/ /

1939 Ford Standard Business Coupe 41973 Miles Dartmouth Green 221 cubic inch V

1939 Ford Standard Business Coupe --

Condition: Used
Make: Ford
Model: Standard Business Coupe
Type: --
Trim: --
Year: 1939
Mileage: 41973
VIN: 1835709
Color: Green
Engine: 221 cubic inch V8
Fuel: Gasoline
Transmission: Manual
Drive type: --
Interior color: Tan
Vehicle Title: N/A
Item location: Local pick-up only

Description for Ford Standard Business Coupe 1939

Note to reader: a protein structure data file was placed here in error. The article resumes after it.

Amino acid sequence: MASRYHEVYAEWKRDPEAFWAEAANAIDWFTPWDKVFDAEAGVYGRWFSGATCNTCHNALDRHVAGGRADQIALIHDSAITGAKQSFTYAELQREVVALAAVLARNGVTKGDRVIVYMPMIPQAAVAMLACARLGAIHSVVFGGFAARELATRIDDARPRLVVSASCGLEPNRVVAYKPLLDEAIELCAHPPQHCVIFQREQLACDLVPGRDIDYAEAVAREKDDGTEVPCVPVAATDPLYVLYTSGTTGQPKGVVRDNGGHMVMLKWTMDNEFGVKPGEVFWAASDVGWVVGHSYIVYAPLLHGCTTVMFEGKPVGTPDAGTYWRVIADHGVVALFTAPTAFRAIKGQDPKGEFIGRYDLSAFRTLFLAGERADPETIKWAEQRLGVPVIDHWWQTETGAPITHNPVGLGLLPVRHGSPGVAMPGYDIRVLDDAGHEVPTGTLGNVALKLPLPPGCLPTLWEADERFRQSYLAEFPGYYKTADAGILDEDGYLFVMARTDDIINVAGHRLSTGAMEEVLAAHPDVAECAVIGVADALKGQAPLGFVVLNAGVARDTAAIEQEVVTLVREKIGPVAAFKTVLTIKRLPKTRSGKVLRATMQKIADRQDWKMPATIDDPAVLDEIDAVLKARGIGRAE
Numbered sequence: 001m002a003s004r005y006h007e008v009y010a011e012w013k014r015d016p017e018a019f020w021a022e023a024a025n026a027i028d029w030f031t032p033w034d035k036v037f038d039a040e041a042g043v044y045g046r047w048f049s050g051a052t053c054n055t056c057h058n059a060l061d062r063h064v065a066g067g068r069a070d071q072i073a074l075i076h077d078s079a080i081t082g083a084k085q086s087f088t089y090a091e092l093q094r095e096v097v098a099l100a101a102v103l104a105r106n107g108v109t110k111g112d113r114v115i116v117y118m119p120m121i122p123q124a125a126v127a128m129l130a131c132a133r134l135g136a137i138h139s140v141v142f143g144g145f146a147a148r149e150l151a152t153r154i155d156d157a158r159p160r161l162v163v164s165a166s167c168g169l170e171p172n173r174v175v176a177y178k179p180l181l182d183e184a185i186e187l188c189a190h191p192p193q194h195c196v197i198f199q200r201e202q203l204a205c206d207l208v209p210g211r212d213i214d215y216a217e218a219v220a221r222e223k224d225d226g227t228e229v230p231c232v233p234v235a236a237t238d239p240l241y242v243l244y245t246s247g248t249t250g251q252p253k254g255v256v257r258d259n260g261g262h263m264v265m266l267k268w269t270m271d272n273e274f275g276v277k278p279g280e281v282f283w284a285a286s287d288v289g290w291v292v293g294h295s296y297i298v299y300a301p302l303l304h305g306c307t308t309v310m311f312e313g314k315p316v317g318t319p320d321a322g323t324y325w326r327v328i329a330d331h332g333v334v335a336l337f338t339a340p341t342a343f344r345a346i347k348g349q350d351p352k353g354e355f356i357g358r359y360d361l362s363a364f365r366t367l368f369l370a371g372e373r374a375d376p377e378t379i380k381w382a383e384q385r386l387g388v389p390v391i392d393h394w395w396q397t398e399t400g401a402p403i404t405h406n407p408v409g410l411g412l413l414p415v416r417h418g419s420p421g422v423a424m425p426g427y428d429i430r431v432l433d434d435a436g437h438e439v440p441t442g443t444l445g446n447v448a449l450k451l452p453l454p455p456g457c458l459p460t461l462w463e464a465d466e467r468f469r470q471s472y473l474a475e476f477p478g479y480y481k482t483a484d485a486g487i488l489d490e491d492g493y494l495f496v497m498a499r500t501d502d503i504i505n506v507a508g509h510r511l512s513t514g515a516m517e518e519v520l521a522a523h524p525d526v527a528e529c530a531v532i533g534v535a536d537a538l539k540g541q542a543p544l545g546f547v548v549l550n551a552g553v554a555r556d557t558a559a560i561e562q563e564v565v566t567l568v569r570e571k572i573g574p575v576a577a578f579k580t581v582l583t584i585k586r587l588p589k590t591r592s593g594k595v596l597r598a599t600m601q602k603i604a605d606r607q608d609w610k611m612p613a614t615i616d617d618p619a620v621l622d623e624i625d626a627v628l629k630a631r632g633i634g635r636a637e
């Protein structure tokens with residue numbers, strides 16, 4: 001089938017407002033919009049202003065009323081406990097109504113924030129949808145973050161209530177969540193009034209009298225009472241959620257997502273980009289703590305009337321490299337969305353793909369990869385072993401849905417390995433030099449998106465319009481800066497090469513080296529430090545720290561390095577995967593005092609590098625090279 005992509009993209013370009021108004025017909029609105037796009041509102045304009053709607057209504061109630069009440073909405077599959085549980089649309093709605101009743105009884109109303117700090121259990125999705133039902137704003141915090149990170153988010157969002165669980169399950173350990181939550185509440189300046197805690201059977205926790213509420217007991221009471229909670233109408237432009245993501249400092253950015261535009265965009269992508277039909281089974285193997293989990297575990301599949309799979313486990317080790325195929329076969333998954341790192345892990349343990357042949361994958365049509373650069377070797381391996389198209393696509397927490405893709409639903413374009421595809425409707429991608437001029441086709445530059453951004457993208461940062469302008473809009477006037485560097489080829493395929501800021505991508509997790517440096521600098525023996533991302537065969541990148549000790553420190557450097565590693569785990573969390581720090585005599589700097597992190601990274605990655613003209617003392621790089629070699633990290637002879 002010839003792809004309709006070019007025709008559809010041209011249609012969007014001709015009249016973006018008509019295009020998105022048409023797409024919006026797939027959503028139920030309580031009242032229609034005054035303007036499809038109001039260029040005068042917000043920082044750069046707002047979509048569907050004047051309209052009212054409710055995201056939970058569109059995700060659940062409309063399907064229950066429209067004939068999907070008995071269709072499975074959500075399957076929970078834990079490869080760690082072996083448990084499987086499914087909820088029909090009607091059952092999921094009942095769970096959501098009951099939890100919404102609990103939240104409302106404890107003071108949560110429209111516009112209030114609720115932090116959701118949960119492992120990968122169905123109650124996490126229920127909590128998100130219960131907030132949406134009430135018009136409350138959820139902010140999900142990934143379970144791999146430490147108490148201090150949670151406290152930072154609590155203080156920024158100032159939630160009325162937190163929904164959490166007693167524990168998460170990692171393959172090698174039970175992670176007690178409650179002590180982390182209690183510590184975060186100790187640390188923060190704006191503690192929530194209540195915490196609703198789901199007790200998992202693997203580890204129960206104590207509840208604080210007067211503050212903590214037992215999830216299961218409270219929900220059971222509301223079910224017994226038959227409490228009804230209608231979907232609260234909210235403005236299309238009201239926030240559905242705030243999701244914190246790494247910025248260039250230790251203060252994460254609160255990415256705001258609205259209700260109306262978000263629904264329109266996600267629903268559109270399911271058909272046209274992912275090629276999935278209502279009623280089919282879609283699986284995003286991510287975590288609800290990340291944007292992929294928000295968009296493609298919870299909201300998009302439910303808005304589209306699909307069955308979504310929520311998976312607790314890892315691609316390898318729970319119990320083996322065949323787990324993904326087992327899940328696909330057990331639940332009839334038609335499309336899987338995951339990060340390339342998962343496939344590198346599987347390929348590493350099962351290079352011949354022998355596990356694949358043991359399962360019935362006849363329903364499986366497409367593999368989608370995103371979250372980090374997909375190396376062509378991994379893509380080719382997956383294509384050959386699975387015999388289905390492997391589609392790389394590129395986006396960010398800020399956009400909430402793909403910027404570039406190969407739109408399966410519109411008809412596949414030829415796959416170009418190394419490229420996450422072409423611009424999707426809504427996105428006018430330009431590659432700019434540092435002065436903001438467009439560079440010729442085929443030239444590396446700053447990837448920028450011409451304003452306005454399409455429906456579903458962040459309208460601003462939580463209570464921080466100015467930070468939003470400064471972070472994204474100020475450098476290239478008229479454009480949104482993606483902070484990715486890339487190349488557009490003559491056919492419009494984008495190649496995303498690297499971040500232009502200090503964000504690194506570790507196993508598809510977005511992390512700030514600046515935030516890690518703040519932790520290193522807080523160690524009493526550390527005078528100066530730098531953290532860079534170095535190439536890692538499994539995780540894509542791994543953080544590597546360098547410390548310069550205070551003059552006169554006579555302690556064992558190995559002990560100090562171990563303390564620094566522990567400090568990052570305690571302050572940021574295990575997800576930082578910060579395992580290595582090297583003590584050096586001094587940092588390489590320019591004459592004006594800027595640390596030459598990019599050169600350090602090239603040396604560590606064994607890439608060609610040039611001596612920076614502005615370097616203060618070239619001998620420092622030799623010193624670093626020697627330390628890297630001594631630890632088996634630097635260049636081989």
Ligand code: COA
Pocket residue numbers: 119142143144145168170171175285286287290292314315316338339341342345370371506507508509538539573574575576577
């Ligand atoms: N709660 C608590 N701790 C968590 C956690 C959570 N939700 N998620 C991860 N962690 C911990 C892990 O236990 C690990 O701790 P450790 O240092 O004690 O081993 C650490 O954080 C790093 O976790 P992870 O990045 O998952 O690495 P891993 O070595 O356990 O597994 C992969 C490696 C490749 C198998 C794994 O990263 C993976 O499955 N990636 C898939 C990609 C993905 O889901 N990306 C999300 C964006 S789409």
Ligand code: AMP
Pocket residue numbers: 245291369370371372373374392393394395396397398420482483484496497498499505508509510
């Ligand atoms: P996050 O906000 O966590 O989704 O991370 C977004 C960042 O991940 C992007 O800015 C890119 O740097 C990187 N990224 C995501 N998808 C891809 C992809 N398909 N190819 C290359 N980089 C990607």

I'm not sure if I think it's a cop-out that Ford used the previous year's Deluxe model as the next year's Standard, but in the case of this handsome 1939 Ford Standard Coupe, it probably created a bit of a conundrum for the new car buyer in 1939. The 1938 styling was gorgeous and although the '39s were different, I'm not sure they were prettier. Art-Deco never worked as well as it does here. We like this green coupe simply... because it's a little out of the ordinary, a bottom-of-the-line model that's been beautifully dressed up and fitted with a Columbia rear axle to make it a fantastic road car. Either way, it's a neat little car that runs and drives extremely well. This one isn't quite as nice as the show-winning 1940 Standard Coupe with the Mullins trailer we had a few months ago, but it's not far off. Thanks to a fresh cut-and-buff in our own shop, the single-stage Dartmouth Green paint shines up beautifully. I love the teardrop-shaped headlights, the hood ornament that also doubles as the hood latch, and the single taillight out back. Even the lone fog light up front delights me. Finish work is quite good and I have to say I was pleasantly surprised by the sound of the doors closing--most cars of this vintage have lost the pleasing "THUNK" of a wood-bodied car and ended up with a cheap-sounding "THWAP." Not this little Ford, which makes a somewhat modern-sounding THUMP when it closes. It's very satisfying and like I said, it's been a while since I've been surprised by something good that a car does. The restoration is probably 10 or 15 years old at this point, but it's been quite well maintained and even the chrome and pot metal pieces are in excellent shape, with crisp detailing—look how the nose badge neatly advertises the 85 horsepower flathead under the hood. Nice! The tan mohair interior is where you can see a bit of age, mostly on the driver's seat where there's some light wear but nothing that warrants attention. The Standard was, well, standard, so there's seating for two and not a lot of frills. On the other hand, you get a pair of handsome round dials for the gauges, nice woodgraining on the dash, and a big steering wheel that makes this car feel agile. Nothing surprising from this Ford, which has the usual rubber mat, with upgrades including the aforementioned Columbia rear end, a set of accessory gauges under the dash, and add-on wind wings that are attractive as well as functional. The original speedometer and ammeter are operational, and the auxiliary dials handle monitoring of oil pressure and temperature. The fuel gauge moves, but its accuracy is suspect, which shouldn't be surprising. The truck driver who brought the car in thought it was originally owned by a moonshiner because of the compartment behind the seat, but I had to burst his bubble and tell him, no, that's how all Standard coupes were built and it is likely why they were popular with traveling salesmen. There's also a giant trunk, complete with a matching full-size spare tire. The engine is the same 85 horsepower 221 cubic inch flathead V8 we've all loved for years. This one runs beautifully and always starts without any fussing with just a little bit of choke. It's completely stock save for a dual exhaust system and includes an electric fuel pump to help with starting and warm days. Correct details include the Ford Green paint, Ford script hoses, and a Stromberg 97 carburetor on top. It still makes 6 volts of electricity and good oil pressure, and idles with a smooth V8 burble from the twin tailpipes. Clutch take-up is easy with none of the usual flathead chatter, even in reverse, and hydraulic brakes were finally included on 1939 Fords. It runs ice cold, so no worries about flathead fever (on a cool spring day, I couldn't get it to go above 150 degrees) and in both high and low range on the Columbia, there's plenty of power on tap to make this car comfortable in today's traffic. It's punchy! The chassis shows signs of a quality frame-off restoration and not a lot of use, and the Columbia 2-speed rear end makes for a pleasing cruiser. It's a retro-fit, not original equipment, and uses the electrical actuator from a post-war car. Push in the clutch, hold the switch in either the high or low position, and watch the speedometer change and listen for the clunk. We usually leave it in high range, which is just fine for most driving and it'll cruise easily at an indicated 65 MPH. I believe those tube shocks were retrofitted (fronts are still lever-action units) and the dual exhaust uses proper Smitty mufflers for the right flathead sound. Those first-year hydraulic brakes are surprisingly effective and steering is light enough that just about anyone can handle this car without worries. Pretty cream-colored wheels wear chrome spider hubcaps that look dynamite inside the 6.00-16 wide whitewall tires. These are enormously likable cars. If you don't have a flathead Ford in your collection, you're really missing out. This one is a little unusual, very attractive, and the restoration has mellowed enough to make it a first-class driver that can be shown with pride. Add in a few options and upgrades, and you get a car that's just a joy to own no matter what you're doing with it. Call today!